Charles Duparquet was a French Roman Catholic missionary with an interest in botany, geography and ethnology. After his ordination to the Congrégation du Saint-Esprit et du Saint-Coeur de Marie (French Order of the Holy Ghost), he taught botany for some time until sent to West Africa (Dakar and Gabon) in 1866. He soon moved to missionary work in Angola, where he came to know the region that is now Namibia. However, opposition from the Portuguese authorities made him return to France in 1867. There he convinced the church authorities to declare the region between the Orange and Kunene Rivers a province of the Congrégation. The declaration was made in 1879, the new province was named Cimbabasia, and Duparquet became its vice-prefect. Having worked in the church's Congo Province in Angola from 1873 to 1877, he travelled to Cape Town in March 1878, and via Beaufort West to Kimberley, which he reached late in April. Here he was dissuaded from proceeding overland to present Namibia, returned to Cape Town and from there went by sea to Walfish Bay. The next year he moved to Omaruru, where he established the first Roman Catholic mission station in the territory. However, it was opposed by the Rhenish missionaries, who instigated the Hereros against it.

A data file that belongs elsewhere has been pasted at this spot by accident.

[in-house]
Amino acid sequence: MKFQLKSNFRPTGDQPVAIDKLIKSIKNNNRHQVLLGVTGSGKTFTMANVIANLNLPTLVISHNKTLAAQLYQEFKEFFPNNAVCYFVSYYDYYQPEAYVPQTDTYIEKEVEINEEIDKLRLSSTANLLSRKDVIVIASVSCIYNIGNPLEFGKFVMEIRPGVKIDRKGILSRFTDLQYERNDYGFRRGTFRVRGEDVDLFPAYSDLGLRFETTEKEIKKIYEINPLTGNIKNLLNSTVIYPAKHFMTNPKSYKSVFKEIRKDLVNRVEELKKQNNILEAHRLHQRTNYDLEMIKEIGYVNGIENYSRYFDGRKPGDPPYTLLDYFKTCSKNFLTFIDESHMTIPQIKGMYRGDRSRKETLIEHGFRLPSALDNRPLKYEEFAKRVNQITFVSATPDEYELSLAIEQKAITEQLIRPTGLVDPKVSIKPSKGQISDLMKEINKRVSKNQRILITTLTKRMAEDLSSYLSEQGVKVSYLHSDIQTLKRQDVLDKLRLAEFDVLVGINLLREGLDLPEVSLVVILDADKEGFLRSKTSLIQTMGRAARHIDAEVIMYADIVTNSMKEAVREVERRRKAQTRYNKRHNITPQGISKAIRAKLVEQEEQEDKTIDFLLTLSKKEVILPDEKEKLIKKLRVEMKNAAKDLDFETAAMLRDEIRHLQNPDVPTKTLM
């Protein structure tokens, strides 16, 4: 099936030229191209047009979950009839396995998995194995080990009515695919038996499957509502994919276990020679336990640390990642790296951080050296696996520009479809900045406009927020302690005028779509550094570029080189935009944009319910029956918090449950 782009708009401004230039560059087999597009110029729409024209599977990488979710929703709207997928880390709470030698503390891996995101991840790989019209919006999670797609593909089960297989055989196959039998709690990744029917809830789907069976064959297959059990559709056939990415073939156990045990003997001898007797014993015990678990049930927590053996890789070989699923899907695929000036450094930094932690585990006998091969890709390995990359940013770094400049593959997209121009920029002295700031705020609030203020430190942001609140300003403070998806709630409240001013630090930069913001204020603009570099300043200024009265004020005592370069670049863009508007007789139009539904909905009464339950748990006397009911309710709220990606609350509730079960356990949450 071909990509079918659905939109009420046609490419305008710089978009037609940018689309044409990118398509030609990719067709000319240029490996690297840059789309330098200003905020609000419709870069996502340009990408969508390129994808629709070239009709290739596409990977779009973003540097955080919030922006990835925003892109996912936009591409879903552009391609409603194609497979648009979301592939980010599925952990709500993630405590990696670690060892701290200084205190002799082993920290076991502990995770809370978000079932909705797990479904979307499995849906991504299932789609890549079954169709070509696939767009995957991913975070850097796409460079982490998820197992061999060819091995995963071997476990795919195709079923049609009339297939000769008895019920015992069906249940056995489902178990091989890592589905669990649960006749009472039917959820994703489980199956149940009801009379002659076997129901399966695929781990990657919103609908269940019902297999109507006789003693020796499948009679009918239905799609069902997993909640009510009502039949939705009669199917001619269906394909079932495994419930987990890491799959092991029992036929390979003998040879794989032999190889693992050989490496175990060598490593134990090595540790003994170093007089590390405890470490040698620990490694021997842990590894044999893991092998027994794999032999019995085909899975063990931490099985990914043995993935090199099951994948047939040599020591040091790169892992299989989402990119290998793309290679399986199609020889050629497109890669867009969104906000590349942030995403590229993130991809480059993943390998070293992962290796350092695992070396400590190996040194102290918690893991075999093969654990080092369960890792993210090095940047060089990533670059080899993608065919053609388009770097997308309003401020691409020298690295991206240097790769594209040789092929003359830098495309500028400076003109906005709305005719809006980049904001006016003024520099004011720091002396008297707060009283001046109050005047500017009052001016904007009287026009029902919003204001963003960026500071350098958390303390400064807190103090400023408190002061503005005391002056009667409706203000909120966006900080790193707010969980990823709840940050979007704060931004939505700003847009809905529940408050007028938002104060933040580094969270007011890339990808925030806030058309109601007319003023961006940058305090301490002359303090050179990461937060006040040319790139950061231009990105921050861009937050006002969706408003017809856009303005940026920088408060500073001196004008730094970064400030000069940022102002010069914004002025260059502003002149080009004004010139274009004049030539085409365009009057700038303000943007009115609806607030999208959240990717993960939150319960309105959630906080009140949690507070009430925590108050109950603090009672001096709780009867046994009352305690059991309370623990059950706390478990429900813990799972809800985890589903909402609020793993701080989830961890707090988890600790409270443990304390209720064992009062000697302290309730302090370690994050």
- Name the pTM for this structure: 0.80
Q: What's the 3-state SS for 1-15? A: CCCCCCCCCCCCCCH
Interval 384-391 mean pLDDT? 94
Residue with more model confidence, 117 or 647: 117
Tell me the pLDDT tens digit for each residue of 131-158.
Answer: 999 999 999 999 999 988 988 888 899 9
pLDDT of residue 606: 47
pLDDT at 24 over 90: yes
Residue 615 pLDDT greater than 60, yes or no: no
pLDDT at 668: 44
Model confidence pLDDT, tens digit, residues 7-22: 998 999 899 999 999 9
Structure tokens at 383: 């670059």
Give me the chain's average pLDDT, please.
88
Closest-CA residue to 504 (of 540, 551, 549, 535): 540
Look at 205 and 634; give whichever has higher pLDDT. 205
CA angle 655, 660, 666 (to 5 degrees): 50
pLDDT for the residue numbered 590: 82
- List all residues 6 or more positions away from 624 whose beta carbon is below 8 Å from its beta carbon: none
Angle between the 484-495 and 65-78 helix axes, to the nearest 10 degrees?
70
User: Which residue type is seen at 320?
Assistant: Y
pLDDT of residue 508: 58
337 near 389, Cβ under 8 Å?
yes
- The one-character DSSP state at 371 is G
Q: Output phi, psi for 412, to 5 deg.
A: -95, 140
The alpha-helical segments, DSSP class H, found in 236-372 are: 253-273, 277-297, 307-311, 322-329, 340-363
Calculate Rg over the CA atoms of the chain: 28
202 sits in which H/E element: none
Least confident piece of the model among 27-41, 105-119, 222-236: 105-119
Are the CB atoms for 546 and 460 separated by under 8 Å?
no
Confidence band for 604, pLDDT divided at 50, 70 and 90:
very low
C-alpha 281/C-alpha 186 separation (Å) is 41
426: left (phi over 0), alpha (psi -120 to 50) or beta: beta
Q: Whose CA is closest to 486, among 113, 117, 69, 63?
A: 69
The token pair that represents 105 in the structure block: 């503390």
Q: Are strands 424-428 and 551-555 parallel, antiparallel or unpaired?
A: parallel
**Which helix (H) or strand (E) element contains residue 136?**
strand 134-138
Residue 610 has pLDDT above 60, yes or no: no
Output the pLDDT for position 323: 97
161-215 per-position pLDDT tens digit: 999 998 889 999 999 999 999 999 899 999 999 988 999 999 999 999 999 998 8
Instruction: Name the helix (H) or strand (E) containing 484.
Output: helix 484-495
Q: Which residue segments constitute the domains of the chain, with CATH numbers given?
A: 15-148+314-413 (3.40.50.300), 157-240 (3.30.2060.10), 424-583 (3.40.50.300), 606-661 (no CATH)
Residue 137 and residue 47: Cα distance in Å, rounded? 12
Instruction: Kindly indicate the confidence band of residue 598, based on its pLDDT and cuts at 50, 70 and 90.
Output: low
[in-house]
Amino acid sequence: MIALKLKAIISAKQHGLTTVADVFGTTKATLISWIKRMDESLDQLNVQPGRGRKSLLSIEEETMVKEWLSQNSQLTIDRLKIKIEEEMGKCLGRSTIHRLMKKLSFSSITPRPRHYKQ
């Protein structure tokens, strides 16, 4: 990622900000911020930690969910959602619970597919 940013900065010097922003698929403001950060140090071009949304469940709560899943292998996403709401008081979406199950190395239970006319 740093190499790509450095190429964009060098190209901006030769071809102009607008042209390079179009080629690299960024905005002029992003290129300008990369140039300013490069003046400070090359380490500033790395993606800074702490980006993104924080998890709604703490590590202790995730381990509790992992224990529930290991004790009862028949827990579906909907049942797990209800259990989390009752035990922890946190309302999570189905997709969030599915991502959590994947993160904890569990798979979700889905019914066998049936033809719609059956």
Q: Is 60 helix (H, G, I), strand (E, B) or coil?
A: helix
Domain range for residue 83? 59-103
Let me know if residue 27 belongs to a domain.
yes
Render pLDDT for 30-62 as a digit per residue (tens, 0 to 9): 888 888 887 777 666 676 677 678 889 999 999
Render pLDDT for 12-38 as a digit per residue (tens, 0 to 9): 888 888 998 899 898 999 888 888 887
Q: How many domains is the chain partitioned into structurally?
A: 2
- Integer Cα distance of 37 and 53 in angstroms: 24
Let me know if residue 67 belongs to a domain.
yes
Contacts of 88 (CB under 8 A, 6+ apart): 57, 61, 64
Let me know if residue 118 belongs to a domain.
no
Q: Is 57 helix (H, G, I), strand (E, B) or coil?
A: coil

During 1879 and 1880 Duparquet undertook two journeys into Ovamboland, Okavango, and the Kaokoveld, proceeding across the Kunene River and some distance towards Mocâmedes on the second journey. Here he established a mission station. His journal of these travels was published as Voyage en Cimbébasie in 1881. A Portuguese translation was published in Luanda by the Museu den Angola in 1953. In June 1881 he left for France via Cape Town, but later that year departed again for Angola. He founded two mission stations there and returned to Europe in 1885 or 1886. When it was decided to set up a mission station at the newly established town of Mafikeng he was sent there with several Irish priests, arriving in December 1886. He collected plants in the region and returned to Europe with a small collection which was worked on by Baillon. In June 1888 he returned to the church's Congo Province in Angola, but died shortly after his arrival.
Duparquet was a keen observer and corresponded with the director of the Jardin des Plantes (botanical garden) in Paris during his whole career. He established that the annual floods in Ovamboland were caused by the waters of the Kuvelai River, rather than by the Kunene River as had been thought. Some of his articles appeared in Les Missions Catholiques, including "Cimbebasie, notes géographiques" (1879), "Le fleuve Okavango" (1880), and "De Mossamedes à Huila" (1886). In 1879 an account of his travels and observations, based on his letters to Father Durand, was published by the latter in the Bulletin de la Société de Géographie. An account of his journeys in Ovamboland furthermore appeared in the Proceedings of the Royal Geographical Society in 1882, based on Duparquet's articles in Les Missions Catholiques. The plant species Nerine duparquetiana and Mafekingia duparquetiana (later included in Raphionacme hirsuta) were named after him.